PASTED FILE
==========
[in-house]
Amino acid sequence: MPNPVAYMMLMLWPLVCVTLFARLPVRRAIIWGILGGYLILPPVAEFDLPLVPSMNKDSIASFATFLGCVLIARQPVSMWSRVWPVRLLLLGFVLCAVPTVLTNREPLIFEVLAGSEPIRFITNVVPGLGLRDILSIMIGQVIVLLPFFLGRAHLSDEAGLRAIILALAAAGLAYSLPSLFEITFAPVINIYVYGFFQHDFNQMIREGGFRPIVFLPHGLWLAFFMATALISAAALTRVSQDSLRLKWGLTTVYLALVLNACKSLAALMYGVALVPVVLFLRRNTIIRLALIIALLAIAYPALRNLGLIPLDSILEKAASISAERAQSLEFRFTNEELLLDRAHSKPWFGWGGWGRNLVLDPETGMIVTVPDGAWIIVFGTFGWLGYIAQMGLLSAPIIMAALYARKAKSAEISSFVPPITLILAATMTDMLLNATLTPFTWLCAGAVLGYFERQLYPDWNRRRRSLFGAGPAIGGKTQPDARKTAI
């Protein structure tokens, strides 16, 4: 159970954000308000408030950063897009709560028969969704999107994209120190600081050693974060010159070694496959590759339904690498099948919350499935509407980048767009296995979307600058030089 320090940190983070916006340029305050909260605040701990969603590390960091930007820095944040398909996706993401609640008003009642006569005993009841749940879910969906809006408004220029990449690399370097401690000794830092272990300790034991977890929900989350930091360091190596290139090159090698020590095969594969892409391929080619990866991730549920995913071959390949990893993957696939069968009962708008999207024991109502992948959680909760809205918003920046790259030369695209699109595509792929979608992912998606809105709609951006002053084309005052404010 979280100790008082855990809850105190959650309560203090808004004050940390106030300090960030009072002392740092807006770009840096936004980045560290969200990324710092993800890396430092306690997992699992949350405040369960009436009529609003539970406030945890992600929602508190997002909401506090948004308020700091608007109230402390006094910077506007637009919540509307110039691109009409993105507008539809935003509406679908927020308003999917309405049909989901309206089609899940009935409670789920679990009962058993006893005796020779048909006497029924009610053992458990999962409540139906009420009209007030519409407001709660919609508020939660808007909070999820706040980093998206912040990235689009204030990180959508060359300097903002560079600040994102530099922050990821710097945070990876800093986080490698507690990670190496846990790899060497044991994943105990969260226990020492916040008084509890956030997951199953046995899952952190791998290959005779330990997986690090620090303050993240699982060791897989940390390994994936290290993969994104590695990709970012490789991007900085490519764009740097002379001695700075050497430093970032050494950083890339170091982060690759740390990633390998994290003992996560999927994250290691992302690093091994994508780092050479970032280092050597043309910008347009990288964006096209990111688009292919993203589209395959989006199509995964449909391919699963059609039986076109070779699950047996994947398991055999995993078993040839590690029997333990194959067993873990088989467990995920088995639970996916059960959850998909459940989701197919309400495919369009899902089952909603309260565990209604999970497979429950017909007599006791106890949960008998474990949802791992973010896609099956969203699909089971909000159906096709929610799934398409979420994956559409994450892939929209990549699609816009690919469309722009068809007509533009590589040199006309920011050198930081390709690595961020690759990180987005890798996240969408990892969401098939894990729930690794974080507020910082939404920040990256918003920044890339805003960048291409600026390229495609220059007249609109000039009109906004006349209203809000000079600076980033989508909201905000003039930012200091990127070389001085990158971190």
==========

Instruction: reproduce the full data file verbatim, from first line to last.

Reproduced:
[in-house]
Amino acid sequence: MPNPVAYMMLMLWPLVCVTLFARLPVRRAIIWGILGGYLILPPVAEFDLPLVPSMNKDSIASFATFLGCVLIARQPVSMWSRVWPVRLLLLGFVLCAVPTVLTNREPLIFEVLAGSEPIRFITNVVPGLGLRDILSIMIGQVIVLLPFFLGRAHLSDEAGLRAIILALAAAGLAYSLPSLFEITFAPVINIYVYGFFQHDFNQMIREGGFRPIVFLPHGLWLAFFMATALISAAALTRVSQDSLRLKWGLTTVYLALVLNACKSLAALMYGVALVPVVLFLRRNTIIRLALIIALLAIAYPALRNLGLIPLDSILEKAASISAERAQSLEFRFTNEELLLDRAHSKPWFGWGGWGRNLVLDPETGMIVTVPDGAWIIVFGTFGWLGYIAQMGLLSAPIIMAALYARKAKSAEISSFVPPITLILAATMTDMLLNATLTPFTWLCAGAVLGYFERQLYPDWNRRRRSLFGAGPAIGGKTQPDARKTAI
């Protein structure tokens, strides 16, 4: 159970954000308000408030950063897009709560028969969704999107994209120190600081050693974060010159070694496959590759339904690498099948919350499935509407980048767009296995979307600058030089 320090940190983070916006340029305050909260605040701990969603590390960091930007820095944040398909996706993401609640008003009642006569005993009841749940879910969906809006408004220029990449690399370097401690000794830092272990300790034991977890929900989350930091360091190596290139090159090698020590095969594969892409391929080619990866991730549920995913071959390949990893993957696939069968009962708008999207024991109502992948959680909760809205918003920046790259030369695209699109595509792929979608992912998606809105709609951006002053084309005052404010 979280100790008082855990809850105190959650309560203090808004004050940390106030300090960030009072002392740092807006770009840096936004980045560290969200990324710092993800890396430092306690997992699992949350405040369960009436009529609003539970406030945890992600929602508190997002909401506090948004308020700091608007109230402390006094910077506007637009919540509307110039691109009409993105507008539809935003509406679908927020308003999917309405049909989901309206089609899940009935409670789920679990009962058993006893005796020779048909006497029924009610053992458990999962409540139906009420009209007030519409407001709660919609508020939660808007909070999820706040980093998206912040990235689009204030990180959508060359300097903002560079600040994102530099922050990821710097945070990876800093986080490698507690990670190496846990790899060497044991994943105990969260226990020492916040008084509890956030997951199953046995899952952190791998290959005779330990997986690090620090303050993240699982060791897989940390390994994936290290993969994104590695990709970012490789991007900085490519764009740097002379001695700075050497430093970032050494950083890339170091982060690759740390990633390998994290003992996560999927994250290691992302690093091994994508780092050479970032280092050597043309910008347009990288964006096209990111688009292919993203589209395959989006199509995964449909391919699963059609039986076109070779699950047996994947398991055999995993078993040839590690029997333990194959067993873990088989467990995920088995639970996916059960959850998909459940989701197919309400495919369009899902089952909603309260565990209604999970497979429950017909007599006791106890949960008998474990949802791992973010896609099956969203699909089971909000159906096709929610799934398409979420994956559409994450892939929209990549699609816009690919469309722009068809007509533009590589040199006309920011050198930081390709690595961020690759990180987005890798996240969408990892969401098939894990729930690794974080507020910082939404920040990256918003920044890339805003960048291409600026390229495609220059007249609109000039009109906004006349209203809000000079600076980033989508909201905000003039930012200091990127070389001085990158971190």